Indiana University School of Medicine, USA

The Indiana University School of Medicine is a medical school and medical research center connected to Indiana University; its principal research and medical center is on the Indiana University – Purdue University Indianapolis campus in Indianapolis. The medical school awarded the Doctor of Medicine (M.D.) degree to its first class in 1907. With 1,409 M.D. Program students and 158 Ph.D. students in 2017, IU is among the largest allopathic medical schools in the United States. The school offers several joint-degree programs, including an MD/MBA, MD/MA, MD/MPH, and a National Institute of Health–designated Medical Scientist Training Program, a highly competitive subset of MD-PhD programs.

The school is a pioneer in cancer, immunology, alcohol, neuroscience, and diabetes research, among other specialities. Some of its more recent research discoveries that have received international acclaim include a curative therapy in testicular cancer used to treat patient Lance Armstrong; the development of echocardiography; identification of several genes linked to Alzheimer’s disease; and the creation of inner ear sensory cells from pluripotent stem cells. The IU School of Medicine is home to the Melvin and Bren Simon Cancer Center, a National Cancer Institute—designated Clinical Cancer Center.

The Indiana University School of Medicine has two founding dates. IU established a Department of Medicine at Bloomington in 1903, but the IU School of Medicine in Indianapolistraces its founding to 1908, following the resolution of a rivalry with Purdue University over which institution had the authority to establish a medical school in Marion County, Indiana. A year after the IU- and Purdue-affiliated schools were consolidated in 1908, the Indiana General Assembly authorized IU to operate a medical school in Marion County. The authorization meant that IU medical students could complete all four years of their medical training at IU facilities in Indianapolis, marking the beginning of its history in medical education and research.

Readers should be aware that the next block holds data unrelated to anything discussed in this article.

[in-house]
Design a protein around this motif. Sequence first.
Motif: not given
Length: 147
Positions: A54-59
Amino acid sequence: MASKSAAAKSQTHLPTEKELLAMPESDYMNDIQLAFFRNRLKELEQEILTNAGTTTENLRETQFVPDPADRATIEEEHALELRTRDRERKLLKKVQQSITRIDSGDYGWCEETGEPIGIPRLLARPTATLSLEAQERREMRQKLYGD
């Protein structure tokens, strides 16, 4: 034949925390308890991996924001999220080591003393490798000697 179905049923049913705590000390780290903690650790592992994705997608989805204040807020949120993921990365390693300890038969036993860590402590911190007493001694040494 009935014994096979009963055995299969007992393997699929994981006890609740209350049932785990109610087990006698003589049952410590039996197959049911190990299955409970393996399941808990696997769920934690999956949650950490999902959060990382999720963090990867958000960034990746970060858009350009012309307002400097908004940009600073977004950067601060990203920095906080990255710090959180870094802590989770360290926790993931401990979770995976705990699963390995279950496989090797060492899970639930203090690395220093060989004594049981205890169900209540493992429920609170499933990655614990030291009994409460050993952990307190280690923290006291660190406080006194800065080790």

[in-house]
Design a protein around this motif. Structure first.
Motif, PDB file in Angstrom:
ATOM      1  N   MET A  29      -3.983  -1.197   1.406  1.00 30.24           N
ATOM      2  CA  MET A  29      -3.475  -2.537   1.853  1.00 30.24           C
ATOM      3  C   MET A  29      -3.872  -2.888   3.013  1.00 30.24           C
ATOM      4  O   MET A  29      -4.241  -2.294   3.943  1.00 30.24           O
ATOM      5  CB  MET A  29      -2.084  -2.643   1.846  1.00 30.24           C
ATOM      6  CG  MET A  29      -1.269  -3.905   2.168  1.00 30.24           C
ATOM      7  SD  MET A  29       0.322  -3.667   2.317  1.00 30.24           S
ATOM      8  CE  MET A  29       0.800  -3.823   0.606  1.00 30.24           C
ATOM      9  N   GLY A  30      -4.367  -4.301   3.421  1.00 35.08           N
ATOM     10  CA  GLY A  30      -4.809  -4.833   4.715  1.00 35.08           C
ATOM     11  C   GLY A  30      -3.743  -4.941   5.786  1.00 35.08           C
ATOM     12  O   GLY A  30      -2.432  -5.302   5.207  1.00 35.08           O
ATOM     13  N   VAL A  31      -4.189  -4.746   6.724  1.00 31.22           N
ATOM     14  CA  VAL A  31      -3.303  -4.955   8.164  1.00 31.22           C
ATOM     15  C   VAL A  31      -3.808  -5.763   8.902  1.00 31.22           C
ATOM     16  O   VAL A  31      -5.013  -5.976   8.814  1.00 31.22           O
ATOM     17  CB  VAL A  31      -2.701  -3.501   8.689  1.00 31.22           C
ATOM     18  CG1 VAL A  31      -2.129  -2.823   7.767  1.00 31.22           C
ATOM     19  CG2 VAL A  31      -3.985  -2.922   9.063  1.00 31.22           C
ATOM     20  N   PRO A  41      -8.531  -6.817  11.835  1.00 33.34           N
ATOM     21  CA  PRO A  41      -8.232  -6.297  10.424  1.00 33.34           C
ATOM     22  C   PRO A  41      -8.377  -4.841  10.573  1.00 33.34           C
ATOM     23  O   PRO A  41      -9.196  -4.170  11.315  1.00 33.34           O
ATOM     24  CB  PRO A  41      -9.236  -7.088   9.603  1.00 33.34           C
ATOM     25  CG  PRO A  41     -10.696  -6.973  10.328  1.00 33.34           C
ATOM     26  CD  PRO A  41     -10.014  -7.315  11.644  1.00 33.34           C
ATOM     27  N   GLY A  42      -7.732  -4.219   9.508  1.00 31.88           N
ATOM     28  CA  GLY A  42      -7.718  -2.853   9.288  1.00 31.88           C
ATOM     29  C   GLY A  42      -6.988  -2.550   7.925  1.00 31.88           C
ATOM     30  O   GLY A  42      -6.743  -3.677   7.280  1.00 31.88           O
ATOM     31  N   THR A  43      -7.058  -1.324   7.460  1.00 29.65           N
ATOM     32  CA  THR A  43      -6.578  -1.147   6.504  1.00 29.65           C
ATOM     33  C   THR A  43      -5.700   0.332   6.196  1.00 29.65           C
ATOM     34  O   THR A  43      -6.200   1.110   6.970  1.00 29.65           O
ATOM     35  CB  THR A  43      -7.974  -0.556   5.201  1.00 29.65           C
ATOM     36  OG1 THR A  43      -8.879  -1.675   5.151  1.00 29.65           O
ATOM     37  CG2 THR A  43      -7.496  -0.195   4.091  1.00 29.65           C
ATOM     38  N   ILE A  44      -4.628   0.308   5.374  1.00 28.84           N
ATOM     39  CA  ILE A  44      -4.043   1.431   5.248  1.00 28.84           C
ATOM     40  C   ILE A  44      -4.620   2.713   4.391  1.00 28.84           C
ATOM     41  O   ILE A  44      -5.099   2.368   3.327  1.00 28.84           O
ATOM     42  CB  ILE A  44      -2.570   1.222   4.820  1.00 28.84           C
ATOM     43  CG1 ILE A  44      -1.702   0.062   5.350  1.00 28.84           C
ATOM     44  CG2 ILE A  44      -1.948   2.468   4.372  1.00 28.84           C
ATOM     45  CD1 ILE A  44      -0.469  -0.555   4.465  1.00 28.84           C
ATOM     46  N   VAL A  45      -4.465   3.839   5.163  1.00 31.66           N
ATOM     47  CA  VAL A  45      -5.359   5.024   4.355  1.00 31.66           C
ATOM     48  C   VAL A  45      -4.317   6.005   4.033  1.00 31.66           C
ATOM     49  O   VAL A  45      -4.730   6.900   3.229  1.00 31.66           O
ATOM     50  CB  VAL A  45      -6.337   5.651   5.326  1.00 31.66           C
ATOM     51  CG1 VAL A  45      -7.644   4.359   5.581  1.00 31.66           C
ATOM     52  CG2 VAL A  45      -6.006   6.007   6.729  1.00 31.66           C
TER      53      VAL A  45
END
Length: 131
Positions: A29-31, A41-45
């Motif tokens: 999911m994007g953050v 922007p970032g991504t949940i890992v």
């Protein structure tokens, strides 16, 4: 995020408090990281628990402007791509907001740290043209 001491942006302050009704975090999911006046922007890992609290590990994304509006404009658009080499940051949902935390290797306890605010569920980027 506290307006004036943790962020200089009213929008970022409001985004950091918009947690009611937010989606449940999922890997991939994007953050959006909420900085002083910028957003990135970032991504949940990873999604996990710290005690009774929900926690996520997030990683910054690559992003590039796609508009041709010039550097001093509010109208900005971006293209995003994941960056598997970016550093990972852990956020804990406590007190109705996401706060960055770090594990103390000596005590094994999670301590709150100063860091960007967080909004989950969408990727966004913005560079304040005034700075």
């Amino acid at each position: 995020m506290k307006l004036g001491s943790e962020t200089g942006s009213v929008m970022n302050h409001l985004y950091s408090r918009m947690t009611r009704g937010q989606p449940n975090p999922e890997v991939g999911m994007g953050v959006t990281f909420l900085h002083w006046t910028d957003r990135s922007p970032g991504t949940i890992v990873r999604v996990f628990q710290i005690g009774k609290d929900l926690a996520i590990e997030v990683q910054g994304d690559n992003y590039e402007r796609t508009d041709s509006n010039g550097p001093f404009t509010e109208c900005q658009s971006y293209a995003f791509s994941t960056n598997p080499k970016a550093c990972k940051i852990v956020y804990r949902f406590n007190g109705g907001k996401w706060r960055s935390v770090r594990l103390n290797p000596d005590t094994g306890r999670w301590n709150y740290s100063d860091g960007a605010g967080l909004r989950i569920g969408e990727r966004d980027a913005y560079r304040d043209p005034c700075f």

The IU medical school helps train interns and residents in 92 medical and surgical specialties. Students train under the supervision of faculty and staff at:

  • IU Health Methodist Hospital
  • IU Health University Hospital
  • James Whitcomb Riley Hospital for Children at IU Health
  • Richard L. Roudebush VA Medical Center
  • Sidney and Lois Eskenazi Hospital
  • Larue D. Carter Memorial Hospital
  • Ball Memorial Hospital
  • The IU-Kenya Partnership program with Moi University School of Medicine, Kenya
  • Other physician offices and hospitals throughout Indiana.

Most of the teaching hospitals are within walking distance of, or adjacent to, the Indiana University-Purdue University Indianapolis campus. Methodist Hospital and the Larue Carter Hospital are located a few miles from the main campus. Methodist Hospital is connected to the main IU Medical Center campus by means of the Indiana University Health People Mover, an elevated people mover system.

Ball Memorial Hospital is located in Muncie, Indiana and includes the largest physician-teaching program in Indiana, outside of Indianapolis.

The school’s main facilities are located on the campus of Indiana University – Purdue University Indianapolis (IUPUI) in Indianapolis, Indiana. In addition, the school maintains eight regional centers on college campuses throughout the state at Bloomington, Muncie, Fort Wayne, South Bend, Terre Haute, Evansville, West Lafayette, and Gary.

First- and second-year medical students attend classes at either the main campus at IUPUI in Indianapolis (approximately half of the class) or at one of the eight regional centers. In the past, third- and fourth-year students spent the last two years of medical school at the IUPUI campus. More recently, clinical clerkships have been added to regional campuses, where students may choose to spend their third and fourth year of study.

The VanNuys Medical Sciences Building at the IUPUI campus houses the DNA Tower sculpture by Dale Chihuly.

As of 2017 the total in-state and out-of-state ratio of IU medical students is 1,445 to 534. There were 7,206 applicants for the 2017–18 academic year. The average GPA of the first-year class in 2017 was 3.75; the average MCAT score was 509.

The IU medical school offers several combined degree programs: the MD-PhD, MD-MBA, MD-MPH, and MD-MA. The MD-MBA is in conjunction with the Kelley School of Business. The MD-PhD program, which offers full-tuition and stipend to students accepted into the program for all years of training, is one of forty medical schools to be designated an MSTP by the National Institute of Health. Typically, about five students a year are accepted into the MD-PhD program at IU. MD-PhD students can choose to conduct research with faculty at either the medical school or at Purdue University.

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